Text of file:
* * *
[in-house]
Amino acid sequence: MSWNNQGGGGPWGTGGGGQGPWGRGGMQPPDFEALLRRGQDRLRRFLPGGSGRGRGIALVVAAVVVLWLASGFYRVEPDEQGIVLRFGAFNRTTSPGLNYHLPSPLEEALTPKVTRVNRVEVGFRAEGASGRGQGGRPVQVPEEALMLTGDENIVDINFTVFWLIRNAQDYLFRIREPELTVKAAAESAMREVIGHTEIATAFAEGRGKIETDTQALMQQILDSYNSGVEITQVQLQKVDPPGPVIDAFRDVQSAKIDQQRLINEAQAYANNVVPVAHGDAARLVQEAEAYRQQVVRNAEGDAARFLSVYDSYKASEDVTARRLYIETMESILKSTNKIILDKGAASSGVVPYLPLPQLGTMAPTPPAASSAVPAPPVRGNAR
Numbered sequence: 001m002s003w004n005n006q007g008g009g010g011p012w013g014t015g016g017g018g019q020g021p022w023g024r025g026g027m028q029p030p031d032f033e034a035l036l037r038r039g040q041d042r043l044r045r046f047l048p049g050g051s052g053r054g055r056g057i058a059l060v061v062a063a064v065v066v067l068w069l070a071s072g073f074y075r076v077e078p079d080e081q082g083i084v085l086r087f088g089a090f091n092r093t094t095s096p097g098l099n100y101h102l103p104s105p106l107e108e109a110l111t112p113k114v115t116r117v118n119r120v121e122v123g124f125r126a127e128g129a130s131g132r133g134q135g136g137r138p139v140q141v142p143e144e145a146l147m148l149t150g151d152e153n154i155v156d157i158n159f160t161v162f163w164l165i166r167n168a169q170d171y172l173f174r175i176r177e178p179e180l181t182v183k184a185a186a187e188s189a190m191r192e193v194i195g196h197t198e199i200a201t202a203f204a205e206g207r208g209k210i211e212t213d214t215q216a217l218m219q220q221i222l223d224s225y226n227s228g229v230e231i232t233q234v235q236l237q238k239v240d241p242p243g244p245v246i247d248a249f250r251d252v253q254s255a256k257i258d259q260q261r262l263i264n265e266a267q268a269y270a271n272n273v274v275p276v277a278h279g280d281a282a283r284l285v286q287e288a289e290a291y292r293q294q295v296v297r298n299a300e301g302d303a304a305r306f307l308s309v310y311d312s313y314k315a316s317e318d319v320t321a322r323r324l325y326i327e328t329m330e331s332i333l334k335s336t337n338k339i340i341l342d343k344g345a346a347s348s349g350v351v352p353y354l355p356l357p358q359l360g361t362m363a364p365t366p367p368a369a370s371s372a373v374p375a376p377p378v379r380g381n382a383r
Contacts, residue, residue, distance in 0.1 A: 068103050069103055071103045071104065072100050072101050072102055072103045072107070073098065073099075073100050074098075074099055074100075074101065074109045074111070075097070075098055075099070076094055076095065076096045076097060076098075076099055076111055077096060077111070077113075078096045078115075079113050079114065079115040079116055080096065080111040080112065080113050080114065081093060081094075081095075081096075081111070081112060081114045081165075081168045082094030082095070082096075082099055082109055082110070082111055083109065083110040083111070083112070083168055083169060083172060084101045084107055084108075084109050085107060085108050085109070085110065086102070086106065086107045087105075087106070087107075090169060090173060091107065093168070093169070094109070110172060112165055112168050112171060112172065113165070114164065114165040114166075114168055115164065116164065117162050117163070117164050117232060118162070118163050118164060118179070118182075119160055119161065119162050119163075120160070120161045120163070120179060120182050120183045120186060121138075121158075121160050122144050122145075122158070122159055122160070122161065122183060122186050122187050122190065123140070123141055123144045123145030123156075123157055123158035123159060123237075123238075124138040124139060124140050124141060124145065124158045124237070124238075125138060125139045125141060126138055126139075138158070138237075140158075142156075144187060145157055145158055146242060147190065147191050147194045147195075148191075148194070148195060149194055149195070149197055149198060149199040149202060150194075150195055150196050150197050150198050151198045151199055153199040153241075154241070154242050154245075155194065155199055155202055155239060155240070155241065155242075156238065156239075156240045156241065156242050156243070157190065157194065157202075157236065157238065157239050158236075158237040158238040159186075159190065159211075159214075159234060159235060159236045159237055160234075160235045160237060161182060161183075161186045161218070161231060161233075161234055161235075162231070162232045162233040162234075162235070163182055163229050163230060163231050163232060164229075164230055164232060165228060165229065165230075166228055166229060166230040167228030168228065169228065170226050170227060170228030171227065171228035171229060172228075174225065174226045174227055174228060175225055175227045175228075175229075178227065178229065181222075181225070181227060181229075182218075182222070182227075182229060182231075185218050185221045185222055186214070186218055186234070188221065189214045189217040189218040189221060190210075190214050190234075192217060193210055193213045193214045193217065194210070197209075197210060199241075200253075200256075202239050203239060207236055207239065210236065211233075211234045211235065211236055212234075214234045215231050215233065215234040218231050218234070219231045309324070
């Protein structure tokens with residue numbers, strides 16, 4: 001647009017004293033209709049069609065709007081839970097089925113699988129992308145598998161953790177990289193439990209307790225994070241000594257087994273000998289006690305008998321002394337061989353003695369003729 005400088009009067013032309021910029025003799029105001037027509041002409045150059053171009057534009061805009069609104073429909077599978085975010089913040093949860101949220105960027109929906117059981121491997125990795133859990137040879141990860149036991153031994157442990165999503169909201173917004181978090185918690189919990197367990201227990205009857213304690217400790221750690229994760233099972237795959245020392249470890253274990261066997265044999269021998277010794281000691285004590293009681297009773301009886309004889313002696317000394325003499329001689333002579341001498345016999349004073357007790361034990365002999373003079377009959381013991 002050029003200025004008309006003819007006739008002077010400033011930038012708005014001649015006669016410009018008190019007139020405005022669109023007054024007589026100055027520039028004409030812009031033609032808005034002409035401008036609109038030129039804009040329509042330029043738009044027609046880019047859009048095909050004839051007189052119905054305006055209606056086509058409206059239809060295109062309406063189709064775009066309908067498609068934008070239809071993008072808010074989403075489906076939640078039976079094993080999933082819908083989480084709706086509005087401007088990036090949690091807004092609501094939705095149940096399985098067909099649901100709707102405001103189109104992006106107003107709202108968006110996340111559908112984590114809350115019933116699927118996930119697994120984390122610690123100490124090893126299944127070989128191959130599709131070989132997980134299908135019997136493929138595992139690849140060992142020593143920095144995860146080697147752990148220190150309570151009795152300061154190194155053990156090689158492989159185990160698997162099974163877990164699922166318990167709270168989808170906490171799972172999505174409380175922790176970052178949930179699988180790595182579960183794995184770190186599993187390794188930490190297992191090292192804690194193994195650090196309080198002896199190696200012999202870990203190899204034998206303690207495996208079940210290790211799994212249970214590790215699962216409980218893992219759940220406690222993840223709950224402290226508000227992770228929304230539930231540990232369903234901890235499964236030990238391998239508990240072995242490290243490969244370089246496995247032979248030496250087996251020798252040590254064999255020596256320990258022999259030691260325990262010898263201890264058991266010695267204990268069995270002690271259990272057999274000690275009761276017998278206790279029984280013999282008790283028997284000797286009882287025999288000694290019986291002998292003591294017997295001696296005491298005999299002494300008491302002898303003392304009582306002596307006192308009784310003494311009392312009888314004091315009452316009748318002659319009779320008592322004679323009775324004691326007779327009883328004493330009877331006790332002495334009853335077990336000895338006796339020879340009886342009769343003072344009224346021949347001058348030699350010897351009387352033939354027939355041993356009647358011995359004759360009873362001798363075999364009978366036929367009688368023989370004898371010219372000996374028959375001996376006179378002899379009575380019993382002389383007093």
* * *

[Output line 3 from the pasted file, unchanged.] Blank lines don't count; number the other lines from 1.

Numbered sequence: 001m002s003w004n005n006q007g008g009g010g011p012w013g014t015g016g017g018g019q020g021p022w023g024r025g026g027m028q029p030p031d032f033e034a035l036l037r038r039g040q041d042r043l044r045r046f047l048p049g050g051s052g053r054g055r056g057i058a059l060v061v062a063a064v065v066v067l068w069l070a071s072g073f074y075r076v077e078p079d080e081q082g083i084v085l086r087f088g089a090f091n092r093t094t095s096p097g098l099n100y101h102l103p104s105p106l107e108e109a110l111t112p113k114v115t116r117v118n119r120v121e122v123g124f125r126a127e128g129a130s131g132r133g134q135g136g137r138p139v140q141v142p143e144e145a146l147m148l149t150g151d152e153n154i155v156d157i158n159f160t161v162f163w164l165i166r167n168a169q170d171y172l173f174r175i176r177e178p179e180l181t182v183k184a185a186a187e188s189a190m191r192e193v194i195g196h197t198e199i200a201t202a203f204a205e206g207r208g209k210i211e212t213d214t215q216a217l218m219q220q221i222l223d224s225y226n227s228g229v230e231i232t233q234v235q236l237q238k239v240d241p242p243g244p245v246i247d248a249f250r251d252v253q254s255a256k257i258d259q260q261r262l263i264n265e266a267q268a269y270a271n272n273v274v275p276v277a278h279g280d281a282a283r284l285v286q287e288a289e290a291y292r293q294q295v296v297r298n299a300e301g302d303a304a305r306f307l308s309v310y311d312s313y314k315a316s317e318d319v320t321a322r323r324l325y326i327e328t329m330e331s332i333l334k335s336t337n338k339i340i341l342d343k344g345a346a347s348s349g350v351v352p353y354l355p356l357p358q359l360g361t362m363a364p365t366p367p368a369a370s371s372a373v374p375a376p377p378v379r380g381n382a383r